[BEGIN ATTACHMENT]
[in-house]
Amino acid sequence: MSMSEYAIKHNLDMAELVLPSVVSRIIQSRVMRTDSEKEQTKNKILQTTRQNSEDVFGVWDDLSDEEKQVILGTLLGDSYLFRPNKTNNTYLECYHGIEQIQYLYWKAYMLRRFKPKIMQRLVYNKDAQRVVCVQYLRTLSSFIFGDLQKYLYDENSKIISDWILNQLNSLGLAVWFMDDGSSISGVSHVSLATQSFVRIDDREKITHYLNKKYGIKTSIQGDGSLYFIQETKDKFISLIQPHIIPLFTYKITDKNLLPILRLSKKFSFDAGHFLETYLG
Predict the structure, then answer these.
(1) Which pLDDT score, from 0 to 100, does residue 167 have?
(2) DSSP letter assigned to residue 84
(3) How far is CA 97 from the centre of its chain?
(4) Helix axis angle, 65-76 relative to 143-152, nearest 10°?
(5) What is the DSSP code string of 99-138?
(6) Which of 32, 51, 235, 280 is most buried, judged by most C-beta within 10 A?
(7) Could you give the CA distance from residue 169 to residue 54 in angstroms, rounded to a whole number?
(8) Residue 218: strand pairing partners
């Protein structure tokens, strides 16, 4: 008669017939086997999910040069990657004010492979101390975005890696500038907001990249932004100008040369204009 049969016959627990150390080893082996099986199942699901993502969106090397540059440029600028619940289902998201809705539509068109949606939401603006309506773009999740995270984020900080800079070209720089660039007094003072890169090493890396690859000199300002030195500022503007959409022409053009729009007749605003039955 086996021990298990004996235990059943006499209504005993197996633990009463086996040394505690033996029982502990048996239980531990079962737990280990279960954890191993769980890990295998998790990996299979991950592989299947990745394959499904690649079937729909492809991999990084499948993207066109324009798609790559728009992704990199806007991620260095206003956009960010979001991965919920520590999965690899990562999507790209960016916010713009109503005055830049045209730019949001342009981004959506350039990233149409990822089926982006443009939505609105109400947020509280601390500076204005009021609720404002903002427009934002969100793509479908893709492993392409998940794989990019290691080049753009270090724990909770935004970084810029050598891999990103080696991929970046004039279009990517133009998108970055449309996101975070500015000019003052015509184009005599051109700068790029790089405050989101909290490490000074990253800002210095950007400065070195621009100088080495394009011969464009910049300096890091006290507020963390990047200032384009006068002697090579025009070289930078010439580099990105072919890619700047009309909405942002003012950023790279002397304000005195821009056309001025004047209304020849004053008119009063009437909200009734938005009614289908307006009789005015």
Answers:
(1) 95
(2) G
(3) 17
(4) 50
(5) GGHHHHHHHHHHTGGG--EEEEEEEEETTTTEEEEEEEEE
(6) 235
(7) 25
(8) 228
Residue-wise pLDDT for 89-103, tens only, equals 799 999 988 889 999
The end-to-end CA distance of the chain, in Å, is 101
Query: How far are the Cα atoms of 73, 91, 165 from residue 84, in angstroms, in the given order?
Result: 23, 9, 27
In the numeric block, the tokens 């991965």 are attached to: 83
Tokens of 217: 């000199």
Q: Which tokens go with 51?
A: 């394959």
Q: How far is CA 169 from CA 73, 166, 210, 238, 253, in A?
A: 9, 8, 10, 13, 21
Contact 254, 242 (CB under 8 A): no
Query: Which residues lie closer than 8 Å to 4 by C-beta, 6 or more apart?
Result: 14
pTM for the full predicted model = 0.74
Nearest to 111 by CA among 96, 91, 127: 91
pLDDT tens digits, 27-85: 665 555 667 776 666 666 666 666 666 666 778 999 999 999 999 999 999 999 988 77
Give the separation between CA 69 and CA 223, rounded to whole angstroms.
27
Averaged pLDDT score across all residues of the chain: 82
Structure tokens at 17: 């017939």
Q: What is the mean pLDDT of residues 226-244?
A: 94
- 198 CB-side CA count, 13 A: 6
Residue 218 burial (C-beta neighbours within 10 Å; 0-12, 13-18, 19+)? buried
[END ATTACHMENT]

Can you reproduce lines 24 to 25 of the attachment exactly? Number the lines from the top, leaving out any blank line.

Query: How far are the Cα atoms of 73, 91, 165 from residue 84, in angstroms, in the given order?
Result: 23, 9, 27